Laurence Tureaud named himself professionally as Mr. T because he hated how his father, uncle, and brother who returned from Vietnam, were disrespectfully called "boy" by whites. He wanted the first word from everybody's mouth to be "Mister" when speaking to him.
2. When Mr. Rogers heard his limo driver was going to be waiting outside while Rogers was in a meeting, he asked the driver to come in. On the way back they passed the driver's home and Rogers asked if they could stop and meet his family. Rogers kept in touch with the driver for the rest of his life.
3. Frank Zappa was a futurist who was enthusiastic for the possibility of holographic imagery. So much so that he recorded footage of himself in the early 70s with the intention to be used when technology got to that point. A Frank Zappa holographic tour using that footage starts in 2019.
4. Soon after Bill Gates had gone to start Microsoft, a Harvard professor who had worked with him recalled, "He had moved to Albuquerque... to run a small company writing code for microprocessors, of all things. I remember thinking: 'Such a brilliant kid. What a waste.'"
5. In Hinduism, atheism is considered to be a valid path to spirituality, as it can be argued that God can manifest in several forms with "no form" being one of them.
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Philosopher William James experienced depression due to the notion that free will is an illusion. He brought himself out of it by realizing, since nobody seemed able to prove whether it was real or not, that he could simply choose to believe it was.
7. Walt Whitman's friend, Silas Soule, at the age of 17 was escorting slaves on the Underground Railroad. By 22, he had staged two prison heists and became a blacksmith. At the age of 26, he defied orders to participate in a massacre of Native Americans, testified against its architect, and was murdered for it.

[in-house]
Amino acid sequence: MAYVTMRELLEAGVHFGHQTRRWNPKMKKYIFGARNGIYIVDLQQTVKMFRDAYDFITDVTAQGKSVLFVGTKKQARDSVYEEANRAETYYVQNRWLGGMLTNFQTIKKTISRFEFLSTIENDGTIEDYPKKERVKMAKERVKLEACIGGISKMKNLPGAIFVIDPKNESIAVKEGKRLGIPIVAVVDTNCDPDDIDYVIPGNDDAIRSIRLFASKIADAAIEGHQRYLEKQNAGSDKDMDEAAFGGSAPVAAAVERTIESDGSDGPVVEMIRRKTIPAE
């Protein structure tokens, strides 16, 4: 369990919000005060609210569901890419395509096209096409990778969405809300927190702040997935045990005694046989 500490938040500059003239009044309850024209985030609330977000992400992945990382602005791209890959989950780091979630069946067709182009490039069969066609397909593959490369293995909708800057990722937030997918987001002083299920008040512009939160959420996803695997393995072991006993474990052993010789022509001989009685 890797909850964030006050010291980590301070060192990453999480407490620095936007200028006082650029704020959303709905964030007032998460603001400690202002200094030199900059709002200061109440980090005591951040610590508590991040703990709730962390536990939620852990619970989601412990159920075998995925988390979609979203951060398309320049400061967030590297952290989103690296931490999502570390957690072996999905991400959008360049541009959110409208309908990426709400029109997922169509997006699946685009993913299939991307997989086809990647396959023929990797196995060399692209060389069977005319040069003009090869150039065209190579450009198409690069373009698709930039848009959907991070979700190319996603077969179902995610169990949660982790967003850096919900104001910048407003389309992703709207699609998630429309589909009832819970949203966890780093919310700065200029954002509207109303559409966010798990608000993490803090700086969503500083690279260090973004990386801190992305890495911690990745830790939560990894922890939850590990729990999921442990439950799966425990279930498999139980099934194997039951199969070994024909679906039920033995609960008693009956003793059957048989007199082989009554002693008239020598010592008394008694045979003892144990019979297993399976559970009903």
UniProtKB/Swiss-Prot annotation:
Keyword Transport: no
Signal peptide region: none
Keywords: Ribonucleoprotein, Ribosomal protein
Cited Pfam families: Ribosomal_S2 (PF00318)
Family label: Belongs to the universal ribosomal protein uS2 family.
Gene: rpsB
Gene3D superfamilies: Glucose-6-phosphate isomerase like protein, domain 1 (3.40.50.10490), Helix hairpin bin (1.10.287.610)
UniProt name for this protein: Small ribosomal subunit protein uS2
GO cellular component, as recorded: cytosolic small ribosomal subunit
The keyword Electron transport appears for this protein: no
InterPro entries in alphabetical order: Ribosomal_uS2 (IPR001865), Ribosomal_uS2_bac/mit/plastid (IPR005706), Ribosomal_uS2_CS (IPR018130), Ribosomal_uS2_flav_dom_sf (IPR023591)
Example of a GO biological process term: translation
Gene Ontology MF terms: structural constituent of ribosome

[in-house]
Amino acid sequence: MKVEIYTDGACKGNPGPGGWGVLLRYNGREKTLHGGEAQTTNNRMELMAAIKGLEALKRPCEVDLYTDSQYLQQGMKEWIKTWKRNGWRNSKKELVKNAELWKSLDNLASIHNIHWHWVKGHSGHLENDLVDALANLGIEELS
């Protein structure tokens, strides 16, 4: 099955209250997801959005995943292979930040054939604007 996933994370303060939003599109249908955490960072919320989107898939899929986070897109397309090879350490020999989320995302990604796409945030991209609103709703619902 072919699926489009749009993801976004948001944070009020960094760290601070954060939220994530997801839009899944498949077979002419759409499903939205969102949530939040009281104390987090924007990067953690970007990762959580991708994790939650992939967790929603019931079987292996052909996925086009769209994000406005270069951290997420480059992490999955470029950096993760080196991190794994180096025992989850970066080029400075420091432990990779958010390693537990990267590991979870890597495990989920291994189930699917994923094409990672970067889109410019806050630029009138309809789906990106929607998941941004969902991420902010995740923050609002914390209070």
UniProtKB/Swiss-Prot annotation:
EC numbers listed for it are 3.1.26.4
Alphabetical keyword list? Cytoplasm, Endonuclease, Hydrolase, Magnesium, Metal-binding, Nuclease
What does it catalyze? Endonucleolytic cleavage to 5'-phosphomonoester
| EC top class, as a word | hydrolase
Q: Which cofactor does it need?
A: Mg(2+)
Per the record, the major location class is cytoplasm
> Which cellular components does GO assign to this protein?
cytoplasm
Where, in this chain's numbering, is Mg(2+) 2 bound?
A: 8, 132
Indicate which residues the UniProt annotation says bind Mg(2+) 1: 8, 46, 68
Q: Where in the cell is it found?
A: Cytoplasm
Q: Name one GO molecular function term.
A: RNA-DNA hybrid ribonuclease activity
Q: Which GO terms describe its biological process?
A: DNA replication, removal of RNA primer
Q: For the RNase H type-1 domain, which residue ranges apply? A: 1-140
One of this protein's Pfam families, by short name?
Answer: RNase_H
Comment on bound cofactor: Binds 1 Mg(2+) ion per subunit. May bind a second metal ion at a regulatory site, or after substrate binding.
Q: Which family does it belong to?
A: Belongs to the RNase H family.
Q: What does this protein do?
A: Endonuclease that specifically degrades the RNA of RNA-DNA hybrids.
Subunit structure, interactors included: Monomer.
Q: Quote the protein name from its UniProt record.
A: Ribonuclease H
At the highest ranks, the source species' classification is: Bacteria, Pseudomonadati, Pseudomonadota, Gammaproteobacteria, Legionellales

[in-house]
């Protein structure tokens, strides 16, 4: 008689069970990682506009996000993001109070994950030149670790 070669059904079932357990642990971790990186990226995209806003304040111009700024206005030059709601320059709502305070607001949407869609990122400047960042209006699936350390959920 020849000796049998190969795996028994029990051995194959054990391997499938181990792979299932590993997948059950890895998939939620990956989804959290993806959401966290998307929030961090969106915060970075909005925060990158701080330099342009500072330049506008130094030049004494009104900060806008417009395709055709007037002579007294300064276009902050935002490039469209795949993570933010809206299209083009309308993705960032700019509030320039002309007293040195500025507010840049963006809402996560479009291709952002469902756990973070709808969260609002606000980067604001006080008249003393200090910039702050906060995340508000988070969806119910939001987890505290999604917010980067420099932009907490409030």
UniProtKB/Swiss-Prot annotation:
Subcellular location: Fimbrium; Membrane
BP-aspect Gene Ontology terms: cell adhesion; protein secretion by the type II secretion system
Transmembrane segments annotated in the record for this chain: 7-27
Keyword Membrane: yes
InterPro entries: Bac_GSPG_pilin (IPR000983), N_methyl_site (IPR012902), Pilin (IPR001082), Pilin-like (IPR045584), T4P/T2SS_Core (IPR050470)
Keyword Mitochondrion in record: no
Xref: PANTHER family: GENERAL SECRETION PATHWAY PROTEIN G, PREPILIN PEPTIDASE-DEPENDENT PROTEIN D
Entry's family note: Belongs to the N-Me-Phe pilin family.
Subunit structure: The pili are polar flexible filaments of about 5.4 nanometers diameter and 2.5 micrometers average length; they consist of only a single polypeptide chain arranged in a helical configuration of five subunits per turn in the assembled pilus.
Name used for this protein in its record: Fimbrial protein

8. Director Peter Weir wanted to have cameras installed in behind every theater showing ‘The Truman Show’ and have the projectionist cut the power at some point during the film, cut to the viewers so they'd be watching themselves, and then cut back to the movie.
9. While waiting for his audition for 'The Office', John Krasinski was telling someone about how he was worried the producers were going to screw the show up because of how great the British version is. The person he was talking to was Greg Daniels, the show’s executive producer.
10. After Michael Jackson's hair caught fire in 1984 he founded a burn center. “I wanted to do something because I was so moved by the other burn patients I met...” He suffered painful burns, but hospital staff remembers him spending much of his time visiting and comforting other patients.
Former Prime Minister of Australia Bob Hawke had a serious accident at the age of 17. This near-death experience acted as his catharsis, driving him to make the most of his talents and not let his abilities go to waste. Later, he set a world record by drinking 1.4 liters of beer in 11 seconds.
12. Sweden is actually increasing forest biomass despite being the second largest exporter of paper in the world because they plant 3 trees for each 1 they cut down.